Talk:A Latin Dictionary

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[Untitled][edit]

I've just added a POV tag, because much of this article appears bent on demonstrating the superiority of the Liddel Scott dictionary over Lewis and Short. If it is necessary to mention its apparent superiority, the article should probably include some references for this fact, or some evidence beyond the fact that the former has been revised more often. Torgo 04:44, 23 February 2007 (UTC)

I fail to see why the author thinks that comparisons with the LSJ Greek Lexicon are inevitable. Lewis and Short is a Latin dictionary used by those who need a less chronologically-restrictive lexicon of Latin words, e.g. medievalists. The LSJ is a Greek dictionary; while this may provide some etymological benefit to someone looking up a problematic word, it serves no comparable function that allows it to be qualitatively better or worse than the L&S for the function that the latter provides. I agree with the POV moderation, and would recommend eliminating the entire section, perhaps replacing it with a discussion of the relative uses of the OLD, L&S, DuCange, Niermeyer, and the like. -Sean wwww.larkvi.com/about.php 142.150.78.240 19:22, 26 April 2007 (UTC)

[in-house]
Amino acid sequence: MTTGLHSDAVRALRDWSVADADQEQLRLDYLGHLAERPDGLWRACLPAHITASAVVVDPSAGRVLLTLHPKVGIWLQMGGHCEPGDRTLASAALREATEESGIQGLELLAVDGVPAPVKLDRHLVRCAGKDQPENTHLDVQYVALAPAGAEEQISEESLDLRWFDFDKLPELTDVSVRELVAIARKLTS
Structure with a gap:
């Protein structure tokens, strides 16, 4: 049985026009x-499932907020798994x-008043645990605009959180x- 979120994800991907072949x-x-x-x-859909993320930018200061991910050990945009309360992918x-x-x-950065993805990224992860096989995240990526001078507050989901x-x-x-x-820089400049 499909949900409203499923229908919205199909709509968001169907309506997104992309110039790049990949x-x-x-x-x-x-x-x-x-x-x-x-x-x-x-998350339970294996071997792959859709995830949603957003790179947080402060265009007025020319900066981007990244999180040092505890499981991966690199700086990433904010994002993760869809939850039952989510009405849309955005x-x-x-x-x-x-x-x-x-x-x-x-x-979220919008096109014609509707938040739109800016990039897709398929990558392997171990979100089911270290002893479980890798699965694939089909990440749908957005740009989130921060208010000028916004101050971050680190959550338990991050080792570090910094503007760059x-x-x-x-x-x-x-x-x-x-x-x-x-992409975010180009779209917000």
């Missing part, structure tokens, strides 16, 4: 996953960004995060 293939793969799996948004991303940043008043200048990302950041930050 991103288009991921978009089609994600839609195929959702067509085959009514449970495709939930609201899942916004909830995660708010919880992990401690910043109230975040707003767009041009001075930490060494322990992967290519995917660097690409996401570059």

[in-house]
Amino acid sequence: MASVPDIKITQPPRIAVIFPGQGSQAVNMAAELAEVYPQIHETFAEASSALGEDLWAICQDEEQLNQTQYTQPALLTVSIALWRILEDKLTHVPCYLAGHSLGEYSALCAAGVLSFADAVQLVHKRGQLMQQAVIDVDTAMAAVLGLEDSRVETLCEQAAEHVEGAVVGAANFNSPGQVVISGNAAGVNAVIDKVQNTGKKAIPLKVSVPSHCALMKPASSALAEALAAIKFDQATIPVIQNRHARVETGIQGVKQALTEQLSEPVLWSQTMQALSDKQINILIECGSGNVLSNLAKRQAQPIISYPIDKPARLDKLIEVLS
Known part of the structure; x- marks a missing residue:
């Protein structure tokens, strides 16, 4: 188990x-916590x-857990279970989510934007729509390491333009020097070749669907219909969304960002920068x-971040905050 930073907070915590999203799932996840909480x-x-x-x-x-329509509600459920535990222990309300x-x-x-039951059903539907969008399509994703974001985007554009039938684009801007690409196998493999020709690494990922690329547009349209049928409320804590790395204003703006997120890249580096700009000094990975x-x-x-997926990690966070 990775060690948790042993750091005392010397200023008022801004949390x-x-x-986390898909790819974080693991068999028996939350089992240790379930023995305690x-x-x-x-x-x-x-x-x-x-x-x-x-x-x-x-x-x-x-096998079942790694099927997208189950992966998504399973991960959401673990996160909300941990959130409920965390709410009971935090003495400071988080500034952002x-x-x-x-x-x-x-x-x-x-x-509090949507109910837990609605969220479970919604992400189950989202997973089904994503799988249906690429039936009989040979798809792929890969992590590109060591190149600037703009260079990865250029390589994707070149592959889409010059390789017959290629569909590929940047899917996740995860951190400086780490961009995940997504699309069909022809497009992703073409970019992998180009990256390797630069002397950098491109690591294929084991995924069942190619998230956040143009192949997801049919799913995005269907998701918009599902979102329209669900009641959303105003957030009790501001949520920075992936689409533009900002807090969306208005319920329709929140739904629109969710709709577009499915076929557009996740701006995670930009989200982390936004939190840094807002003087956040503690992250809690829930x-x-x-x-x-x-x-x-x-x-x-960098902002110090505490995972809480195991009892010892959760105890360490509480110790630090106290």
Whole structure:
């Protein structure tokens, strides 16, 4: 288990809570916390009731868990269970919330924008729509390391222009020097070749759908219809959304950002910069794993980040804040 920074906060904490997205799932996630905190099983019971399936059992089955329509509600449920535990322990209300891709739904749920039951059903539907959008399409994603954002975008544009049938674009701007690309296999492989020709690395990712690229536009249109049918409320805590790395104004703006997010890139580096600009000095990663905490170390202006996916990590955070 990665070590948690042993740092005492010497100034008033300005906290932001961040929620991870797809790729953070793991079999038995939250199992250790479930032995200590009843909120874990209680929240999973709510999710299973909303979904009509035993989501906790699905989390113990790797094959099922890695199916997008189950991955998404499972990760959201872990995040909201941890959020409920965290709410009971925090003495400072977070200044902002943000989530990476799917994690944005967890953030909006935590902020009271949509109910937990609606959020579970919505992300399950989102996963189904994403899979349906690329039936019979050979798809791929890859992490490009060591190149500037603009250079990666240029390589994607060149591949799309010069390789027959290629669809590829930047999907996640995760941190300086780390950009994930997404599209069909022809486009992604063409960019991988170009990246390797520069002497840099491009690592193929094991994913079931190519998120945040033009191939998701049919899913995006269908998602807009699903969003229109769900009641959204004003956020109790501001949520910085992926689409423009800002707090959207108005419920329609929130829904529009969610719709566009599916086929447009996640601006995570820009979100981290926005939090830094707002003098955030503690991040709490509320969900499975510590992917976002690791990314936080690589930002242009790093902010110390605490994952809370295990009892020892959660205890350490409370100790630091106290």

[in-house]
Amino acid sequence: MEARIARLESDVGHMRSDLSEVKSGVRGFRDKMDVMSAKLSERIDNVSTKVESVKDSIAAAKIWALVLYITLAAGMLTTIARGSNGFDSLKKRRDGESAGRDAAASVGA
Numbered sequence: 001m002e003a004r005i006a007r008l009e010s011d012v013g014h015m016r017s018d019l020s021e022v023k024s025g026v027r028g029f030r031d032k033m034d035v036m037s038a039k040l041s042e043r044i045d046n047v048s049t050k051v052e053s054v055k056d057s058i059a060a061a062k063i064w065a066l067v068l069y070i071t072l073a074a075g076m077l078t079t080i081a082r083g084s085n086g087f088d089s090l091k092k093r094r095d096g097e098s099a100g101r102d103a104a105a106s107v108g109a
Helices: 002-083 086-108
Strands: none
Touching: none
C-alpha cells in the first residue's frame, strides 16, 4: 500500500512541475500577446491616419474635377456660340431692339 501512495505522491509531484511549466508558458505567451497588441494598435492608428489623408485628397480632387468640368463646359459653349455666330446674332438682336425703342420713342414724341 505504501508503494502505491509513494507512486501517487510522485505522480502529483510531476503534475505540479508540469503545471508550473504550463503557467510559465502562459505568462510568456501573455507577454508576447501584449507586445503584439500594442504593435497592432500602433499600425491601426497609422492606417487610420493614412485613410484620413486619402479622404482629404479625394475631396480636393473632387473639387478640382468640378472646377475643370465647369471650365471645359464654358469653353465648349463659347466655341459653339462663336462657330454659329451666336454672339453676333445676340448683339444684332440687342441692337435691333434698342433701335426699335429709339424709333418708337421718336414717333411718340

Agreed. Editing. Tinalles 04:58, 1 August 2007 (UTC)

Done. Thoroughly reworked. What a wonderful way to waste time and still feel productive! Now, back to that paper that ain't writing itself ... -- Tinalles 06:57, 1 August 2007 (UTC)

Copyright of Lewis & Short?[edit]

"whereas, since L&S has not been revised since 1879, its text is presumably out of copyright."


What about the copyright notice on the page following the title page of L&S? 'All rights reserved. No part of this publication may be reproduced' etc.

Could I safely disregard this warning, if my purpose is educational, not commercial? —Preceding unsigned comment added by Rolf Tymark (talkcontribs) 22:36, 31 October 2007 (UTC)